Aida: For me, social media is a massive means of creative expression for people, which these days really defines who they are. People get into groups by sharing interests and aesthetic and social media is a nice tool to filter out people whose company you’d enjoy. Many people’s Instagram accounts are filled with pictures from museums or exhibitions, others chose to share their music taste, dress sense, or anything they feel really defines them as a person. It is very artificial in a way, but it’s also a great tool for self-expression.
How have your friends influenced your photographs and your ideas for the website? Lida: Friends are the entire influence on my photographs and for the website. I feel really lucky to know so many amazingly talented and sometimes crazy people that are truly inspiring to document. Without them the entire project never would have happened!
Aida: Exactly! Having such inspirational friends is the very foundation of our whole film camera adventure. What makes "Film Hooligans" pictures so unique is their subjects, crazy and extraordinary people who are in themselves so interesting that they “make the picture.”
What parts of the world have you been to capture these Hooligan photos? Lida: I just capture the photos wherever I happen to be at the time, which so far has included NYC, Paris, London, Los Angeles, and Tokyo, with occasional trips to other places as well.
Aida: I mostly take pictures in London and Paris. I’ve never been to the US or anywhere interesting really. Sad life sad wife.
Why do you leave the “bad ones” in the roll on your website? Lida: We like to leave the bad ones in because you get more of the whole story that way, and sometimes a bad photo to one person isn’t necessarily a bad photo to someone else. It’s truer to reality in a world that is often over-edited and over-glamorized.
Aida: The whole idea is to document the world as it is, and it’s never perfect or polished, people don’t always look their best. I think leaving the whole roll has its charm. People are obsessed with taking a good photo these days, as if it defined them as a person. For me a picture is just a way of freezing the moment, even if it isn’t pretty.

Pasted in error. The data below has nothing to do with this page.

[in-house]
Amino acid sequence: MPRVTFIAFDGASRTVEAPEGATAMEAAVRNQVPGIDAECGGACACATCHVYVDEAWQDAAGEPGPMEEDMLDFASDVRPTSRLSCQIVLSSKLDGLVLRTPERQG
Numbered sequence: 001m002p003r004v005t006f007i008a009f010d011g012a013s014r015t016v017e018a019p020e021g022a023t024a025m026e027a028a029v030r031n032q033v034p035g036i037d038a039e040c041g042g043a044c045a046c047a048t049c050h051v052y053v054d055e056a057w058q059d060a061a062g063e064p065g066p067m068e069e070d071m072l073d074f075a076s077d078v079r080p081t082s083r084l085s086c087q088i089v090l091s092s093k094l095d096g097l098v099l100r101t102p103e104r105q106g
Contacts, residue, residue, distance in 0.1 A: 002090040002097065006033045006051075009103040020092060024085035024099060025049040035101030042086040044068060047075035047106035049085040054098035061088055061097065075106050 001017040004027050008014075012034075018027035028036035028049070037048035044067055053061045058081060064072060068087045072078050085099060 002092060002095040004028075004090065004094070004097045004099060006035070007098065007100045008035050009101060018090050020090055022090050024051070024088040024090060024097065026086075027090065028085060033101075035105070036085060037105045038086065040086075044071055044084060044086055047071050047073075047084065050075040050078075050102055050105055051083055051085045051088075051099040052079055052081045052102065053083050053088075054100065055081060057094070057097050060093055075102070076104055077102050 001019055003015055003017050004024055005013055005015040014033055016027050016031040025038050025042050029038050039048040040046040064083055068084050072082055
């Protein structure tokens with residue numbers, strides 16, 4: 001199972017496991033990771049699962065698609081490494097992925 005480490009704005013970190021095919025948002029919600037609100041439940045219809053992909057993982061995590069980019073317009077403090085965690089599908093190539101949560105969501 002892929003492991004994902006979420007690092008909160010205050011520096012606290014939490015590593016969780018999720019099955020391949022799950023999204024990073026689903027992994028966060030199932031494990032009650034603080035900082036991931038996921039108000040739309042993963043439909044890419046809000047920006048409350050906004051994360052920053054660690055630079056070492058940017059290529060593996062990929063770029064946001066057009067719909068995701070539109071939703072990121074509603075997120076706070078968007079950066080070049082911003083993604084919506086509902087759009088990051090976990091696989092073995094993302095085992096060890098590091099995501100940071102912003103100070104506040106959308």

What is the difference in mood and aesthetic from being in front of the camera as opposed to being behind the camera? Lida: To me it’s just a different frame of mind, and also being photographed in a casual situation as opposed to being photographed for work is very different. If I’m aware that I’m being photographed in a casual situation, I just try to be myself and have fun. When I’m taking photos, I generally like to have my camera handy and just capture whatever inspires me as a really spontaneous or exciting or sweet moment.
Aida: I can only speak as an observer, but when I see my friends in magazines or at shoots they’re more actors than models. It’s a paradox, because I take pictures of my model friends for fun, but they are photographed for a living too.
What has been the response been to this project? Lida: The whole response to the website, to the zine, and to the exhibit has been overwhelmingly positive and I’m so glad it has gotten such a great response. It started out as a small, silly idea and has really grown into much more. I think it’s because it’s something that everyone can relate to and inspires people to do it themselves. In addition to the work-related emails we get from the site, we also get a lot from people we’ve never met who just enjoy it and are inspired by it so that’s really heartening.
Aida: People really dig what we do, which is incredible. What started of as a silly thing for friends is now shaping up to be a real inspiration for “our generation” with the show, exhibition and the zine, and even random people sending us emails that they love what we do. Some sweet guy said that we have inspired him to dig out his old Nikon and get out there. It’s such a great feeling to be appreciated in this way.
Check out Film Hooligans here.